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Moving, Installment #20309232

June 28, 2010

We are closing on our glorious new co-op apartment on Tuesday late afternoon — tomorrow. And we are moving on Wednesday morning at 8 am.

There are, of course, a zillion loose ends. For instance, the movers are refusing to move one of our air conditioners, because it is larger than 8,000 BTUs.

I brought it up yesterday. “What about the air conditioner, hon? Should we think about getting someone to help you?”

“That’s ok,” Matthew replies, cruising from one room to the next, carrying a box. “I’m just going to bring it over Tuesday night. After the closing. With my mom.”

His mom is coming today, thank goodness. Ostensibly to help “watch the baby.” How surprised she will be that she also gets to stay up all night to help us pack! And, uh, to move air conditioners that are so big that movers won’t even touch them?

“With your mom?” I joke. “Sure. With your mom.” This is pretty funny, this scenario. So I say, like I feel I am supposed to: “Like your mom is better at moving air conditioners than me.”

Matthew cruises through the rooms again, now in a different direction, different stuff in his arms. He does not say anything.

Ugh, we’re too busy here. No time for fun. I hate it when there is no time for fun, but even under these circumstances, I feel that I deserve a reaction to the scenario that I have proposed. To my hilarious comedy joke. But right after I resume speaking, the possibility of an unusual truth occurs to me. “Wait,” I say, and as I say it, I see the seeds of an argument wafting through the air around us, like dandelion fuzz. Fishing for reassurance was not my intention. Nor was fighting. And I know he doesn’t want to fight. So good thing it’s not too late! He can still laugh at the situation, and we can be on our merry way. “You don’t really think your mom would be better at moving a huge air conditioner than I would, do you?”

As he whizzes past this time, he shrugs. “I don’t know.” There is a definite lack of eye contact, here.

Men move air conditioners with other men. Or alone. Or, in a crisis, with their wives. Never with their mothers: their mothers who are, no offense, but 70?

Don’t get me wrong. My mother-in-law is in super shape. She bikes 15 miles at a time in the Chicago winter. Do you think that I am exaggerating? Are you used to me exaggerating. and so you think that I am doing that now? Well I’m not. Only giant piles of snow stop her, and I suspect that when I am not around, people do not conjecture about my superhuman feats of strength against the weather.  Or on bikes. These are people who bought their grandma a bike for her 90th birthday. A bike which she used for several years. My grandmas were not biking at 90, and the fact that they were no longer alive is only a small percentage of the reason.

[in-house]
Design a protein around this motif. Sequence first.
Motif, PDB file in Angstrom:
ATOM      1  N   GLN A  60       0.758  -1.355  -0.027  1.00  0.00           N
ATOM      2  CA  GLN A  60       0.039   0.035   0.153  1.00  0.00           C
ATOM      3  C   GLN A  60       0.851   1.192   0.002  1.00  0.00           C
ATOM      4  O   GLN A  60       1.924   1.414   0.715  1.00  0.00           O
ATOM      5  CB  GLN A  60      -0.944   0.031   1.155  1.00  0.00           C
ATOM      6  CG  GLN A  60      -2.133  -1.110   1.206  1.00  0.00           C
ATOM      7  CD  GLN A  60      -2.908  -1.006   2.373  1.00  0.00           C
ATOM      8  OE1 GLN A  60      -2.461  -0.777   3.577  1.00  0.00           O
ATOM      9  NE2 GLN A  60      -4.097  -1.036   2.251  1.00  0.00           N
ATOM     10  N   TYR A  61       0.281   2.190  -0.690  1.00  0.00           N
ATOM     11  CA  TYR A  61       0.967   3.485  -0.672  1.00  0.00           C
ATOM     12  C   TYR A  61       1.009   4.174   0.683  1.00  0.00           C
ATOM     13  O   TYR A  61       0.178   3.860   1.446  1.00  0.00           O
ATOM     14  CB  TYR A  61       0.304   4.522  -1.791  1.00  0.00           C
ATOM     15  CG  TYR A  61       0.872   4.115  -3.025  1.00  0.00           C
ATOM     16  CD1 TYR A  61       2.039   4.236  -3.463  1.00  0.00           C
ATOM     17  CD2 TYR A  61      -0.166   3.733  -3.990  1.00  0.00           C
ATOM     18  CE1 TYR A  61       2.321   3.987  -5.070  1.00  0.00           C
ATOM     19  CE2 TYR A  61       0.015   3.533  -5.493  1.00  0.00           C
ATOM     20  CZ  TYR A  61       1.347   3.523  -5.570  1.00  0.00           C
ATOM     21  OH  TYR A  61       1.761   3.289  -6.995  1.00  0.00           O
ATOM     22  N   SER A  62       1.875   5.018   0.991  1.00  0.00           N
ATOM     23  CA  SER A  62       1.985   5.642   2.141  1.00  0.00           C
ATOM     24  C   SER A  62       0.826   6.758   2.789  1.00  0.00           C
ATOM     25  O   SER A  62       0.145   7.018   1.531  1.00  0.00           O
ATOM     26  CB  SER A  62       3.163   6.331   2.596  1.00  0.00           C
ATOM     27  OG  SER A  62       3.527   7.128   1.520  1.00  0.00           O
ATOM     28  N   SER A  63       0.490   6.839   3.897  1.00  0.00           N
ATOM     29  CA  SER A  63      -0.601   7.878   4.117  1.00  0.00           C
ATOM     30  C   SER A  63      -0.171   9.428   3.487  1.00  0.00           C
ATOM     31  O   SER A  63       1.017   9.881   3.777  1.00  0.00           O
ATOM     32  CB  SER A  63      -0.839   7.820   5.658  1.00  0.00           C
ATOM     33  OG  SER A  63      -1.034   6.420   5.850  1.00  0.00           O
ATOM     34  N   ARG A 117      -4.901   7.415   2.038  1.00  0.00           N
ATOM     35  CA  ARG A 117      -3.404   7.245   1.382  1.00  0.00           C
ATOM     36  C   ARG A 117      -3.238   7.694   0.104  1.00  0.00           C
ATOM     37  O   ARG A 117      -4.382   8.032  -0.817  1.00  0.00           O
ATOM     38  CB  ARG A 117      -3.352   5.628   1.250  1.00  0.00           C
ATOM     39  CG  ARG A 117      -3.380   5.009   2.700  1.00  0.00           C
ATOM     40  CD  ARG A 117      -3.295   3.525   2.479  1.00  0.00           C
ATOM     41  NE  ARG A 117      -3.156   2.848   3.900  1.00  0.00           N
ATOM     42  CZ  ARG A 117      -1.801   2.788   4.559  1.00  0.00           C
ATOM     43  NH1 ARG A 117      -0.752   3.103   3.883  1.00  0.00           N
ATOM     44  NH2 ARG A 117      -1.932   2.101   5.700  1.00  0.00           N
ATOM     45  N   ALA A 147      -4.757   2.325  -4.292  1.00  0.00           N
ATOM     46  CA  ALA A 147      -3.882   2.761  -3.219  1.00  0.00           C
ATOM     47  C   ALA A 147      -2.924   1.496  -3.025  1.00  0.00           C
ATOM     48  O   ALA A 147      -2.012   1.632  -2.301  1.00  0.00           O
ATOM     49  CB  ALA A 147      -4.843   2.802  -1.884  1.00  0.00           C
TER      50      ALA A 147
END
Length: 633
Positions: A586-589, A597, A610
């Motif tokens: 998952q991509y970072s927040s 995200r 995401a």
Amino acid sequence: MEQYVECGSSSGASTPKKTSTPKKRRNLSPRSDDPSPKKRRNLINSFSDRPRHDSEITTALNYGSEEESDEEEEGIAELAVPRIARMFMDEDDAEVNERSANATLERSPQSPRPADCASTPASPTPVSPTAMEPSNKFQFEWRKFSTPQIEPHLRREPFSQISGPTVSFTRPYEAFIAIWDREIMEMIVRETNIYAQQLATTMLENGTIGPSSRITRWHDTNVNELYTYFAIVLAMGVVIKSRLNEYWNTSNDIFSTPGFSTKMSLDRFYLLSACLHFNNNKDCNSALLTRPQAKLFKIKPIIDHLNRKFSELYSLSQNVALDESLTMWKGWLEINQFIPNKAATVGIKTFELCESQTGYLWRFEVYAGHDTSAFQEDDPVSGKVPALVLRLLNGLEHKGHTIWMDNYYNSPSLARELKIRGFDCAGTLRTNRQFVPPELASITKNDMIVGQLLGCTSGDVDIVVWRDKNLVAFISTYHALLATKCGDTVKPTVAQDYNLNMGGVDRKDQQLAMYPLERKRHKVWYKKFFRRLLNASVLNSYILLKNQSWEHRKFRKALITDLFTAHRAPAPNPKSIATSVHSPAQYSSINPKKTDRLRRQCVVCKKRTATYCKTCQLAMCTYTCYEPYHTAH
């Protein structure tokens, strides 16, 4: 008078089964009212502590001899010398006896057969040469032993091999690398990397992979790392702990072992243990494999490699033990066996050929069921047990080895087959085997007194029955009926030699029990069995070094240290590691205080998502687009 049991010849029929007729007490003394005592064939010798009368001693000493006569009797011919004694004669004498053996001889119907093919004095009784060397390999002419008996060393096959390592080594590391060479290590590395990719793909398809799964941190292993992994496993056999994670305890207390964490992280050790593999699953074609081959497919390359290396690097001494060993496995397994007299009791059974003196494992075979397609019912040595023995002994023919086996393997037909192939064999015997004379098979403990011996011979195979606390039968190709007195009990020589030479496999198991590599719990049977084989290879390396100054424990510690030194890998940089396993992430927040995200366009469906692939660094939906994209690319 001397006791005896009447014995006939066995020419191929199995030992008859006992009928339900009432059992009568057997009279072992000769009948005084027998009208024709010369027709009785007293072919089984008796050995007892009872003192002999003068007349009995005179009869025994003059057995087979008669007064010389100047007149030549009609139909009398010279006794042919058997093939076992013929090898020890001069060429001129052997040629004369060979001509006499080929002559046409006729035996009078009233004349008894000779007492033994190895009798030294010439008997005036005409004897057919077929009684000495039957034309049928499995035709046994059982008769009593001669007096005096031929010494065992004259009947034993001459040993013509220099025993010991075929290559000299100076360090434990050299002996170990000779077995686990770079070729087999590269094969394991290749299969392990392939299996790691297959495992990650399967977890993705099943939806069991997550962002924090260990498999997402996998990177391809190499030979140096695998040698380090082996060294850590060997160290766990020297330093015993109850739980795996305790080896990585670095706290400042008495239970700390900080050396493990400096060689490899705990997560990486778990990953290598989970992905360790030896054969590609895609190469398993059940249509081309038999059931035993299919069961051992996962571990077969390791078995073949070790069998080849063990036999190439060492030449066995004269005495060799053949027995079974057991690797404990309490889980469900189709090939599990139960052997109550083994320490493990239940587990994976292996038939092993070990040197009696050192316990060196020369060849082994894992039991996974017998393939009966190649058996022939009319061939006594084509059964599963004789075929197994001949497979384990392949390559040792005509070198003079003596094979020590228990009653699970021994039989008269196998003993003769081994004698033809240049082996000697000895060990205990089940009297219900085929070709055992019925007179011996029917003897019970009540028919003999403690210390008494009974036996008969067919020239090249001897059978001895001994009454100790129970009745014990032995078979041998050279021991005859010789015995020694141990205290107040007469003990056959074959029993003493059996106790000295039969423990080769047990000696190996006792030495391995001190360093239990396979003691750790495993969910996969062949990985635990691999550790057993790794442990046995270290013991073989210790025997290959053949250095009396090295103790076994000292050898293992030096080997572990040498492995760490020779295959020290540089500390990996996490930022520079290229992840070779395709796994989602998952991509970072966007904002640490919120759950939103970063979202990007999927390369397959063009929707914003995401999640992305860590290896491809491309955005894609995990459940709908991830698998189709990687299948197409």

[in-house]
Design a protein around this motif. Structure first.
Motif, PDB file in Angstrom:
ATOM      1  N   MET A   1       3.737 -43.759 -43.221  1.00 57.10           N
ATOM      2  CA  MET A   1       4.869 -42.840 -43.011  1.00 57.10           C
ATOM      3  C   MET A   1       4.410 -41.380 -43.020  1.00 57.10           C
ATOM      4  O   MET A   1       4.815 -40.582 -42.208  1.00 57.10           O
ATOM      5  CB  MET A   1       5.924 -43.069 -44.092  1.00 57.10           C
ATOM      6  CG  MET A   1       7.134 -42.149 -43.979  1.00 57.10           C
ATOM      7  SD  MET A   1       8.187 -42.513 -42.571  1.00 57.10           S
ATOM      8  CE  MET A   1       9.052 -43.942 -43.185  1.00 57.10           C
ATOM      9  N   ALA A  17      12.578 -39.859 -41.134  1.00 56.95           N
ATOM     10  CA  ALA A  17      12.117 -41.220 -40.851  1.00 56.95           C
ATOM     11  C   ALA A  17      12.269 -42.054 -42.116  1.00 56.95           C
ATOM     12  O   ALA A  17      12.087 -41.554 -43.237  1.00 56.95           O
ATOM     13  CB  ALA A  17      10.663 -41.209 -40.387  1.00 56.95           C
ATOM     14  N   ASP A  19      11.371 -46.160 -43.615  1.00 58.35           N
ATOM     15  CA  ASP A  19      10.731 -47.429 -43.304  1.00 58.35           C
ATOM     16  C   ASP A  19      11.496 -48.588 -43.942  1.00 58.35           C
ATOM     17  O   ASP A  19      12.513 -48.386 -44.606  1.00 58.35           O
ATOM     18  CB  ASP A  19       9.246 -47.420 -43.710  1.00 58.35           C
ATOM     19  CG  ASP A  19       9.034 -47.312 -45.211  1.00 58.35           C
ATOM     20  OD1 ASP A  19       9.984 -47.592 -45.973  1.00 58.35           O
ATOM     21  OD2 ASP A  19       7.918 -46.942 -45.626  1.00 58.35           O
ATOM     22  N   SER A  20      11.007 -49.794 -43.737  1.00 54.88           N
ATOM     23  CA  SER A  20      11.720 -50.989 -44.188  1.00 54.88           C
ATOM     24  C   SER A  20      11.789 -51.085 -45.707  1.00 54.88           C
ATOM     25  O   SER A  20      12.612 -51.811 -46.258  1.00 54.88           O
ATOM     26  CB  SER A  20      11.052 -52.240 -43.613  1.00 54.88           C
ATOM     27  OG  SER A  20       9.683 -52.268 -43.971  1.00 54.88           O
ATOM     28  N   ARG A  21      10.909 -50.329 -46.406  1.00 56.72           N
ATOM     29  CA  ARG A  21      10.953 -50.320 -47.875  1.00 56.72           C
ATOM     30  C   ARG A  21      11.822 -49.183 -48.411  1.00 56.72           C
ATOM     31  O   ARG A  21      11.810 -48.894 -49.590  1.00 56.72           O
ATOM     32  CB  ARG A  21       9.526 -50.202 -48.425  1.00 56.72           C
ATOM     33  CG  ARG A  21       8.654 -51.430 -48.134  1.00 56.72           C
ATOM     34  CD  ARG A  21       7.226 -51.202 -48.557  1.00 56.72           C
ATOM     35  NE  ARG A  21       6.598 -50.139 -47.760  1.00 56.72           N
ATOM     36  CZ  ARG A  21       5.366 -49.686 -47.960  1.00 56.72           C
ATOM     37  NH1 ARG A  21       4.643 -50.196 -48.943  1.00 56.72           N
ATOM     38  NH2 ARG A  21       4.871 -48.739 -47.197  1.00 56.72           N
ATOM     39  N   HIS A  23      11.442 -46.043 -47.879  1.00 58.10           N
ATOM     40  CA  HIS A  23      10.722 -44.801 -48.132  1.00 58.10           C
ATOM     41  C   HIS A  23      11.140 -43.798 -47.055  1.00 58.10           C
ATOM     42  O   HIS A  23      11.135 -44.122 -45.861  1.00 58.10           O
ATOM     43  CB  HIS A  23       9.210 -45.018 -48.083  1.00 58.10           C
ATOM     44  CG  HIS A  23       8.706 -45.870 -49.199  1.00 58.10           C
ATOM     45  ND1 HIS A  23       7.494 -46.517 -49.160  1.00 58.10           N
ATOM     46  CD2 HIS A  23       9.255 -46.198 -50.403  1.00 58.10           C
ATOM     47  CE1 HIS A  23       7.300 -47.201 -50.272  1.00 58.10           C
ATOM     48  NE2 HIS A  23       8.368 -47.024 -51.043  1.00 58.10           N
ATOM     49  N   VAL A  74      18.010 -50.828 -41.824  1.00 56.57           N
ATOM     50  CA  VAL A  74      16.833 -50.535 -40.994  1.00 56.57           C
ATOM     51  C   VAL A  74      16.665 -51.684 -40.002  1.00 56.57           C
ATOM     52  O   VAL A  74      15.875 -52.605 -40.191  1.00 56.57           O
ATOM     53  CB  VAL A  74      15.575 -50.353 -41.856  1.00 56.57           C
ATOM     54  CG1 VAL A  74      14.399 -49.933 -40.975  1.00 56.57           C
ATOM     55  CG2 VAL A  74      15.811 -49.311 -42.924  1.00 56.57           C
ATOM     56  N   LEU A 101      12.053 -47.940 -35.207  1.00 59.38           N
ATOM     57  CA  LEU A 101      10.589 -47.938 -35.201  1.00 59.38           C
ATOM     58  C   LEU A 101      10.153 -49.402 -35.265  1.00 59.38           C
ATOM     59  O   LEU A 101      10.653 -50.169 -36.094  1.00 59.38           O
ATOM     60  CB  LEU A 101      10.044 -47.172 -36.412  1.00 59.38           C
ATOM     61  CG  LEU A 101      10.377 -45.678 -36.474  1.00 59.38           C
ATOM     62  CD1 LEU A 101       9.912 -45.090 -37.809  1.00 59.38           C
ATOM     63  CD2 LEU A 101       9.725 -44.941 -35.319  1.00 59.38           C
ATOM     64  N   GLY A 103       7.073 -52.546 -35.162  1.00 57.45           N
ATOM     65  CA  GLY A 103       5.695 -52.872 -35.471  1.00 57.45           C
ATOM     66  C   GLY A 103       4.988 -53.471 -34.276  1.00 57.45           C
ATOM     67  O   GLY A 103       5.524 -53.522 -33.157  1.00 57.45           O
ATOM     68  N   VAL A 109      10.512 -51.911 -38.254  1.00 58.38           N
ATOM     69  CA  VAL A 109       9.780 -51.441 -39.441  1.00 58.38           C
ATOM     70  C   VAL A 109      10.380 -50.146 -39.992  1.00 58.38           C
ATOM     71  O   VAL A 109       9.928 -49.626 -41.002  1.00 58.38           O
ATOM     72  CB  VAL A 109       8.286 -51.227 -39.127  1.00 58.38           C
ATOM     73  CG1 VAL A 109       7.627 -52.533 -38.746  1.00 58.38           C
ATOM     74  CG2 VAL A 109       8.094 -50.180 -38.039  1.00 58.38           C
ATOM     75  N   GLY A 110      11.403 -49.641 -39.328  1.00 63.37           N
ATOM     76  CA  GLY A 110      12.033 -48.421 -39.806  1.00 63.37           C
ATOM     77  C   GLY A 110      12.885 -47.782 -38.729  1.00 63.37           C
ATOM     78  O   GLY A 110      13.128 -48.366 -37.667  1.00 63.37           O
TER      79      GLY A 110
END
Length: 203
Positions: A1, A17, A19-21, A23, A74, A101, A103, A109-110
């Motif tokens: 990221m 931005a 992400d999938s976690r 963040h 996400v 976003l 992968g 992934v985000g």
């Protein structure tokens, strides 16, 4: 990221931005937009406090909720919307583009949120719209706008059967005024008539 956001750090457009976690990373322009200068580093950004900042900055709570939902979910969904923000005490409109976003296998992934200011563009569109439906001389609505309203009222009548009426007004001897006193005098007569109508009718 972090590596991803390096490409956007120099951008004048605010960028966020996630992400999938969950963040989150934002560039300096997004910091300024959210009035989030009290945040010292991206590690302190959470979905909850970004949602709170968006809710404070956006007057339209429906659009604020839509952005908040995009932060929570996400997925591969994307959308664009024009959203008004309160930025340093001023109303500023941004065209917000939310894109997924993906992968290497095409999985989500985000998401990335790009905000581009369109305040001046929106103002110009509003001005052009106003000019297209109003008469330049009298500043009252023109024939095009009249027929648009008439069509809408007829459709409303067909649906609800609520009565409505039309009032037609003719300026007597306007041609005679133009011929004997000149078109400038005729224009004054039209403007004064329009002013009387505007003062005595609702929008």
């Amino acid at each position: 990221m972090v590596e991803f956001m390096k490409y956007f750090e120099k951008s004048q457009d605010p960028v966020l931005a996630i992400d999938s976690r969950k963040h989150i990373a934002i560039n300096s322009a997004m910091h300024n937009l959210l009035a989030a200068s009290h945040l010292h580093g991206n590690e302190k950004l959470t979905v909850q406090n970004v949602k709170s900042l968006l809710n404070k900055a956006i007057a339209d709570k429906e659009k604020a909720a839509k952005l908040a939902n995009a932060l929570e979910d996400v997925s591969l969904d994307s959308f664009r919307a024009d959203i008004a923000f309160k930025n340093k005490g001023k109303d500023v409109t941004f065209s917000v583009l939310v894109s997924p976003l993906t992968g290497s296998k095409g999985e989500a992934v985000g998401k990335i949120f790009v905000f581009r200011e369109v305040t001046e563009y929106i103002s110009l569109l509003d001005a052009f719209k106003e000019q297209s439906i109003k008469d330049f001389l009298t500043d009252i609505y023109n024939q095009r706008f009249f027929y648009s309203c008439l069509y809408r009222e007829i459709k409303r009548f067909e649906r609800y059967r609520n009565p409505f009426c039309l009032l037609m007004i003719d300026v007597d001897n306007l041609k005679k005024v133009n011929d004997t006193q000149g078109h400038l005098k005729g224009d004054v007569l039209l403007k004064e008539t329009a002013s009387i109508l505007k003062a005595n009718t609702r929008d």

Wait, why is this story suddenly about how I married into a race of biking superhumans? About how just as in Bewitched, where Sam and Darren scrutinized poor Baby Tabitha for signs of whether or not she would be a witch, I take note that every day since he could walk, the progeny grabs his bike helmet and waddles it over to me and basically, begs? This story is not about that. But it’s not clear what it’s about, and I must go and pack.

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3 Comments leave one →
  1. April permalink
    June 28, 2010 3:03 pm

    oh how I wish I could fast forward you, on your bike if necessary, to that happy day two weeks from now when your little family is sitting around in the air conditioning eating something delicious you made in your very own galley kitchen with all the stuff that you thought you would never find again because of how it was packed in boxes and moved in and out of trucks and buildings by movers, husbands, and superfit mothers-in-law.

  2. June 30, 2010 3:10 pm

    I miss baby Tabitha. I wish she would come to you and wrinkle her little nose to move that darned air-conditioner!

  3. Secret Admirer permalink
    July 1, 2010 12:52 pm

    Ummm… I’d just like to point out that there was no need to worry and that the movers ended up moving everything we asked them to, except the kitty igloo, because it still had litter in it. Some bridges are left better not crossed.

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